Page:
Crowd-sourced Manipulation and Fraud Detection An Action Design Research Study in Prediction Markets

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Simon Kloker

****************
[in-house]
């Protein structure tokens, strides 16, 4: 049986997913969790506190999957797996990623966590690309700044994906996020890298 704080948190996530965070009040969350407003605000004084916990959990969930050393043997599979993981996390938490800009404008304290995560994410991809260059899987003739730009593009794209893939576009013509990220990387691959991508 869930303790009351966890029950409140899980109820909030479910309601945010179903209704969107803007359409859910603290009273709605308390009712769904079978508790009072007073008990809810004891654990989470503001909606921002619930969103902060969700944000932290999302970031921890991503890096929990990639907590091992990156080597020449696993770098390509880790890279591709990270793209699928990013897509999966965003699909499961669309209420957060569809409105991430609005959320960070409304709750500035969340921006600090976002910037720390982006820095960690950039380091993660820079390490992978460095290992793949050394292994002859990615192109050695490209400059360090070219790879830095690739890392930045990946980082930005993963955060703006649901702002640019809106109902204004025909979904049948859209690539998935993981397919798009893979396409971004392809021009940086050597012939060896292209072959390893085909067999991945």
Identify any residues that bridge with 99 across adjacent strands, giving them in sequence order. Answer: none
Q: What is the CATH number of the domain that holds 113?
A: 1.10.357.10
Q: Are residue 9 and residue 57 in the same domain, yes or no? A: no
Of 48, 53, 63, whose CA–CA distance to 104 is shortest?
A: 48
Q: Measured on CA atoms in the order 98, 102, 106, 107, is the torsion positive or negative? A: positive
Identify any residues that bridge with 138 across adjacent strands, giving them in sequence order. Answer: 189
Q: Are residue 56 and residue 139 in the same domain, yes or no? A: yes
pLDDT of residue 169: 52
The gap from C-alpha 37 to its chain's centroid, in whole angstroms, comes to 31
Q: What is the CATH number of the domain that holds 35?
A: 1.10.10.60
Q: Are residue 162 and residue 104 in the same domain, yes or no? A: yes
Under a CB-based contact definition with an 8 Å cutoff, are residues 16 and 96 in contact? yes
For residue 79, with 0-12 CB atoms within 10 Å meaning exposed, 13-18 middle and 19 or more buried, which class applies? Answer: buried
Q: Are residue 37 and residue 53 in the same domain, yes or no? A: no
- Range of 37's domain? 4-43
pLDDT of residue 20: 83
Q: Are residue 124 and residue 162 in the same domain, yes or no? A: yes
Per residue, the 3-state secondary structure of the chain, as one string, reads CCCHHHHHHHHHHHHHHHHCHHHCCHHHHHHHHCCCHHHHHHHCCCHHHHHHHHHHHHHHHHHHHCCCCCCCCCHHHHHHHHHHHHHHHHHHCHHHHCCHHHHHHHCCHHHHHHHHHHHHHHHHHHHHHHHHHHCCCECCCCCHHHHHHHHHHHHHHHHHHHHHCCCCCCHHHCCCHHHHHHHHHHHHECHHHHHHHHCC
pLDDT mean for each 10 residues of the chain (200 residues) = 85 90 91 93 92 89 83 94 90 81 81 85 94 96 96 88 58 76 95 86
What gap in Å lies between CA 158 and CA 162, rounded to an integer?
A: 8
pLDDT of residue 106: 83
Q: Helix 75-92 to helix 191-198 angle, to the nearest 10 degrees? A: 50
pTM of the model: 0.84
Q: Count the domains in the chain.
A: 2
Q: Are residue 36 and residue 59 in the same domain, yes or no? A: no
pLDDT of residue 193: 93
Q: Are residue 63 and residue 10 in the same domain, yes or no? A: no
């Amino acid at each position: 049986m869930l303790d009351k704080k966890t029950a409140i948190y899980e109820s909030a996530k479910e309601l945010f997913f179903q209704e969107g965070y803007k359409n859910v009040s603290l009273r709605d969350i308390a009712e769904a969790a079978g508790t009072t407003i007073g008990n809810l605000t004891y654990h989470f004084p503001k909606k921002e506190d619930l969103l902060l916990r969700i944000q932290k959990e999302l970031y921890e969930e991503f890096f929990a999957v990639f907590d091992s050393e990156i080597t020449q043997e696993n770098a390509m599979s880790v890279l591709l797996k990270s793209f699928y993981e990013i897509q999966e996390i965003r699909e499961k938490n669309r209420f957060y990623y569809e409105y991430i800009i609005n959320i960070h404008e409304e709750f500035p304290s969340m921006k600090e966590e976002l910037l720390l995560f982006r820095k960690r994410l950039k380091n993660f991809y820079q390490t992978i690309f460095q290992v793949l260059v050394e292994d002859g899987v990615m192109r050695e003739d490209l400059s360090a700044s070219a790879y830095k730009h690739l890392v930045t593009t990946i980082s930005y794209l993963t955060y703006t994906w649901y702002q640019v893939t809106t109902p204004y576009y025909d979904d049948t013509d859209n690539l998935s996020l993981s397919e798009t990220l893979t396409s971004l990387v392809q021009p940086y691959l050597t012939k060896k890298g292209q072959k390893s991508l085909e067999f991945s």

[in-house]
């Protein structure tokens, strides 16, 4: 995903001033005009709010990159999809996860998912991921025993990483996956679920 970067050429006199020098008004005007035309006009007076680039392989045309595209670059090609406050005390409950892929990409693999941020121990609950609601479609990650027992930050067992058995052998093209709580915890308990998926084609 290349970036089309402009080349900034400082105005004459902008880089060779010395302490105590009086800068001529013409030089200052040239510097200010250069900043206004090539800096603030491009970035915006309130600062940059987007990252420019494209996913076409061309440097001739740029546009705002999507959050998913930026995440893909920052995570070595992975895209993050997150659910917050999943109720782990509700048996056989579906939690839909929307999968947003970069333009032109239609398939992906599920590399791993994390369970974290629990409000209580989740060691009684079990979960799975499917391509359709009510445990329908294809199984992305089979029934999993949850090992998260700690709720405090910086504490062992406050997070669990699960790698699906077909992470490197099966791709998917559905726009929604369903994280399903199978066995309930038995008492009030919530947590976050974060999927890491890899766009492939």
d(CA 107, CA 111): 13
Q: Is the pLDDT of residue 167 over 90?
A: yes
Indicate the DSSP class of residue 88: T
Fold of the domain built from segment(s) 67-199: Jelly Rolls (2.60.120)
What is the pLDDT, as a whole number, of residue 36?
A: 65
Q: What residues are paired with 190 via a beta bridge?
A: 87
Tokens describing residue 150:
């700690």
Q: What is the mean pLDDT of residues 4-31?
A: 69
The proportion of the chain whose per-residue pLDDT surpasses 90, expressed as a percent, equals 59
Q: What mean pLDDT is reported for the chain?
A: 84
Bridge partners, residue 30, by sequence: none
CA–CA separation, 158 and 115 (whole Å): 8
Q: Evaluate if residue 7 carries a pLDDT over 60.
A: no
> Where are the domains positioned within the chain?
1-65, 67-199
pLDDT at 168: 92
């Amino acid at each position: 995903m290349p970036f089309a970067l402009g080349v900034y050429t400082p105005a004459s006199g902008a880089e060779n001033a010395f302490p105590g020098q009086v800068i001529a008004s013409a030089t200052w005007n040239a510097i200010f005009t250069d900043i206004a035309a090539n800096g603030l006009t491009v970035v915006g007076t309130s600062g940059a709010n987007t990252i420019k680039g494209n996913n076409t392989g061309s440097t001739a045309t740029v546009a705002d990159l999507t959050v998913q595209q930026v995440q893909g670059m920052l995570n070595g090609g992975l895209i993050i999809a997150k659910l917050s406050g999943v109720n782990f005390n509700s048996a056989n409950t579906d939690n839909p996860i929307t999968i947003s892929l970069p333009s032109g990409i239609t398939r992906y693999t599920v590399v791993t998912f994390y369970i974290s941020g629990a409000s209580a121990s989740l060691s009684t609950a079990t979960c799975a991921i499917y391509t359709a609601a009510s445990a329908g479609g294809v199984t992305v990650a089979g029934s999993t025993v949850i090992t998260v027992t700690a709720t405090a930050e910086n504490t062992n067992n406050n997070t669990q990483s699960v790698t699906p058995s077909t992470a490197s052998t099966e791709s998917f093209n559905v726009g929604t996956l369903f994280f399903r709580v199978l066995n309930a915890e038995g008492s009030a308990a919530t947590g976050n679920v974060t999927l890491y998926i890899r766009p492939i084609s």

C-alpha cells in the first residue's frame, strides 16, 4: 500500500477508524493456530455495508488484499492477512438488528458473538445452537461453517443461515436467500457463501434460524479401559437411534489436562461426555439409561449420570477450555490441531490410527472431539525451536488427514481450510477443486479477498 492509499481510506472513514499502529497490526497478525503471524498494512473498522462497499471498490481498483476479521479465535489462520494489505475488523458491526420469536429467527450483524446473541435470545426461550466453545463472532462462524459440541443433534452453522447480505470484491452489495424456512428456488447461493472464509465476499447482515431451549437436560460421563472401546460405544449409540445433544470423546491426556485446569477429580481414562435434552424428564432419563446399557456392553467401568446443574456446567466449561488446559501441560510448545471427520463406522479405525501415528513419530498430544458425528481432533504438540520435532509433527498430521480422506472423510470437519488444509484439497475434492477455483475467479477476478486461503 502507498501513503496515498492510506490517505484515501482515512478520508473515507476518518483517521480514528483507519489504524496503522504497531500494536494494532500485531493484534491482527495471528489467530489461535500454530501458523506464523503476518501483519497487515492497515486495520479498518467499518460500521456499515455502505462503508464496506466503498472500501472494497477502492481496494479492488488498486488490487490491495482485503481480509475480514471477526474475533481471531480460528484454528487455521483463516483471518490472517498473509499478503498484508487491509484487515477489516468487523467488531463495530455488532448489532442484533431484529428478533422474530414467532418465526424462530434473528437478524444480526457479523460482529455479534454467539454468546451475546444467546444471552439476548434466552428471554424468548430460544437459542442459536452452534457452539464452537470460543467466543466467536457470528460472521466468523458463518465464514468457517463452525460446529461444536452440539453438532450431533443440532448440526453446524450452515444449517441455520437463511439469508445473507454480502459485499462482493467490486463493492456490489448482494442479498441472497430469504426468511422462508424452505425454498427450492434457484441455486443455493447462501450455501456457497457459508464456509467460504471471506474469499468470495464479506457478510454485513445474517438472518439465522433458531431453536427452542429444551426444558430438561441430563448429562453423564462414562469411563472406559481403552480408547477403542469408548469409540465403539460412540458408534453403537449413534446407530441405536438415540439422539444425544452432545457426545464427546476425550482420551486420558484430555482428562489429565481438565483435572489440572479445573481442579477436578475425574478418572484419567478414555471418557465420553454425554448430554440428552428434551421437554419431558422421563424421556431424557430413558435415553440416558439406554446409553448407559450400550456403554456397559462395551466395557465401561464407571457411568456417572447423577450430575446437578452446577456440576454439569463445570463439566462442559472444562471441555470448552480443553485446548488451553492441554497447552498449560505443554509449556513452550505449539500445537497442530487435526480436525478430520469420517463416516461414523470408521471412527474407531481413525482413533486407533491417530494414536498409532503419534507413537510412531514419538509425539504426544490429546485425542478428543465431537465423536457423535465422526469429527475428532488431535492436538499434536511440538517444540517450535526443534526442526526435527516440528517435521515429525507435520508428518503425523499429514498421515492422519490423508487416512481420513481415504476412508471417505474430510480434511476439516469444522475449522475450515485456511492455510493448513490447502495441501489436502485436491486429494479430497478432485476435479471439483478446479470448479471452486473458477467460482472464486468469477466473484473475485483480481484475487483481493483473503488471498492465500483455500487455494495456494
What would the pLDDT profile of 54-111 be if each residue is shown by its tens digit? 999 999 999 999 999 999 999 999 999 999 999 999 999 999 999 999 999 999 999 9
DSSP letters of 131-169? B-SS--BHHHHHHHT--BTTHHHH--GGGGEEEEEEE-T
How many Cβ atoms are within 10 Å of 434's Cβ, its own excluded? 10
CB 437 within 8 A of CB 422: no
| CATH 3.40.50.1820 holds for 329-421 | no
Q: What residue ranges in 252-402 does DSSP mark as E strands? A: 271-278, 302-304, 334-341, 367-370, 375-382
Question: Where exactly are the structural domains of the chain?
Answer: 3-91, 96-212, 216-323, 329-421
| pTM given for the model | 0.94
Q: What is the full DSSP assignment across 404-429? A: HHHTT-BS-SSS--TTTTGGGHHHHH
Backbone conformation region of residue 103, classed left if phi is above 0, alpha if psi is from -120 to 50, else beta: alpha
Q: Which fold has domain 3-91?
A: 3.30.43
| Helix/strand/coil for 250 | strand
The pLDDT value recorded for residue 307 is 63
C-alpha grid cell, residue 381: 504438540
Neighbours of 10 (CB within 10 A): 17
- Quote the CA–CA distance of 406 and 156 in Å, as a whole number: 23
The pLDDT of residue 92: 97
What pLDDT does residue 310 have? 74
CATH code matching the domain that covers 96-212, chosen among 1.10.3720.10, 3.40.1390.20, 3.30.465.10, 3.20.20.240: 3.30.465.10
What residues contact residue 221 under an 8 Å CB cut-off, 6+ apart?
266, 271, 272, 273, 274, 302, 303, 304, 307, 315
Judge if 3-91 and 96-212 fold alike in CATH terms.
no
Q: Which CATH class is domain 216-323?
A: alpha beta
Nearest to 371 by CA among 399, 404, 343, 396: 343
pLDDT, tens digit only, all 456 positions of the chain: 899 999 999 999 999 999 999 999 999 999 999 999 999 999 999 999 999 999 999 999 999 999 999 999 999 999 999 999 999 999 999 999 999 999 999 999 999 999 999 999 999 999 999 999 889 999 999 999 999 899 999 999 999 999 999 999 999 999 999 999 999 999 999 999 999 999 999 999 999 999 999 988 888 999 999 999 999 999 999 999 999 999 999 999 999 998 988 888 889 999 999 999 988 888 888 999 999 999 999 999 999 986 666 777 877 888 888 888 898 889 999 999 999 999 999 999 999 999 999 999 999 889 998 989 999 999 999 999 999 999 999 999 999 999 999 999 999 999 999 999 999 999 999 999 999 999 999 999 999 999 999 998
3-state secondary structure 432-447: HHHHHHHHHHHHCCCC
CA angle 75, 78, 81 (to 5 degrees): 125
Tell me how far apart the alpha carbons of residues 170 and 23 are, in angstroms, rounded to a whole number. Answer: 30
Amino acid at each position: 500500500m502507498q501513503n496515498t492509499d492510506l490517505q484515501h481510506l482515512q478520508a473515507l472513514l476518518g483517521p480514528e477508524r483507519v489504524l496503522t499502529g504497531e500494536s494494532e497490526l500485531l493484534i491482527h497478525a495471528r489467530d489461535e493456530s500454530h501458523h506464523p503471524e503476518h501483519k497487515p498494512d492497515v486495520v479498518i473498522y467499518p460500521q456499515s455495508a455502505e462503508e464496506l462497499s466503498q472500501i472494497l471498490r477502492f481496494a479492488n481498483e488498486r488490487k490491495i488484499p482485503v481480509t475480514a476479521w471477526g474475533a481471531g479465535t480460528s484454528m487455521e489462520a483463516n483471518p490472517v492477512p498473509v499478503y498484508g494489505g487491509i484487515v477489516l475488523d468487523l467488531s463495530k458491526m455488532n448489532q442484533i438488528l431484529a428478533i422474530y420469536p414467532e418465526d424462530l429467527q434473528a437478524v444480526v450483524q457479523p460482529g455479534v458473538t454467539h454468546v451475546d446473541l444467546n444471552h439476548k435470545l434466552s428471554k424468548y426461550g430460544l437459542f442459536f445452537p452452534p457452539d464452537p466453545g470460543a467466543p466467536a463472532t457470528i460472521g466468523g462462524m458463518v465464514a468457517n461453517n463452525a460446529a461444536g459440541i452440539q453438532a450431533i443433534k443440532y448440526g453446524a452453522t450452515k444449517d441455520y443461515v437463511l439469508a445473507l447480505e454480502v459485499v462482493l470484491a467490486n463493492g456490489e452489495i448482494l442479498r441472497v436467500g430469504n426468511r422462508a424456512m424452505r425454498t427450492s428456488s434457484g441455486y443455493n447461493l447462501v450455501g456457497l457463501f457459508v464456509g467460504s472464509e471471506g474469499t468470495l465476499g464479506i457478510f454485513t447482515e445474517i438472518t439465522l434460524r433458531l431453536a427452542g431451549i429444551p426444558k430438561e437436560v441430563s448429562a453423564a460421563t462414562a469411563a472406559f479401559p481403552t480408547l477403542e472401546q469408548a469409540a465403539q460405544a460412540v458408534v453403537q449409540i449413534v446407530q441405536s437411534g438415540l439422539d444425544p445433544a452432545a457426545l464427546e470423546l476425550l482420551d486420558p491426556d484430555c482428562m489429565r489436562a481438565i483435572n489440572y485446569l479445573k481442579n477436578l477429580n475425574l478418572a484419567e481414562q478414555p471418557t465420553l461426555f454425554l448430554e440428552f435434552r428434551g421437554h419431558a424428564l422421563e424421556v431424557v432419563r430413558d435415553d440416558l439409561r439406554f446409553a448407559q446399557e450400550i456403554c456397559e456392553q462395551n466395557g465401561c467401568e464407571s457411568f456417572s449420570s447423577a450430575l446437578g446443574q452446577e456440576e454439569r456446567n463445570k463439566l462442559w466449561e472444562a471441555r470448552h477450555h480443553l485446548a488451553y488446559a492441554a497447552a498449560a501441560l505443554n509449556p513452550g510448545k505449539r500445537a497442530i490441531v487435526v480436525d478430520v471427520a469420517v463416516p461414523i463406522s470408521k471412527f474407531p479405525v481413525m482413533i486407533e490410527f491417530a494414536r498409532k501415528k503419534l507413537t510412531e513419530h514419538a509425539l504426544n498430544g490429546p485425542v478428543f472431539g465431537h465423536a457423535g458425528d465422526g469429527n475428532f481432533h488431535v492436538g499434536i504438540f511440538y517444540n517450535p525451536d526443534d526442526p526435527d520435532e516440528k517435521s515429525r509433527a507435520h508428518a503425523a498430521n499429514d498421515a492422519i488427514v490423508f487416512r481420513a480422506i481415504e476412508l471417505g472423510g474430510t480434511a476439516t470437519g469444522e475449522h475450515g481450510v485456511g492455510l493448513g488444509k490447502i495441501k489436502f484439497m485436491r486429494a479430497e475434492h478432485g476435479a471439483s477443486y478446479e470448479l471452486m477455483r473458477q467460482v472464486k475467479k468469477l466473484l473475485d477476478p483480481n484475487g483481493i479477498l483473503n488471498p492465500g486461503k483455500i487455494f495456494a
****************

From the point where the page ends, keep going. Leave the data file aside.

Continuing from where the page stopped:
Prediction markets are a common tool of companies for idea management and evaluation during the innovation process, which enables them to include expectations and opinions of stakeholders across organizational boundaries. However, prediction markets are also known for their susceptibility to manipulation in theory and practice. The irregular and multifaceted occurrence of these phenomena, with sometimes very creative strategies, makes it difficult to detect manipulation and fraud based on algorithms. To ensure robust and reliable forecasts, which are of utmost importance for a focused and successful digital innovation process, there is a need for a monitoring approach capable of dealing with these specific problems. In an Action Design Research project, we address this problem by developing a crowd-sourced manipulation and fraud detection tool. The artifact enables the crowd to successfully decompose the large set of trading data and successfully find even creative strategies without guidance. The artifact is implemented and evaluated in the field in the prediction market [blinded for review]. We conclude, that a crowd-sourced approach can be suggested to monitor ambiguous and rare events with a varying character in our context and presumably other contexts as well.

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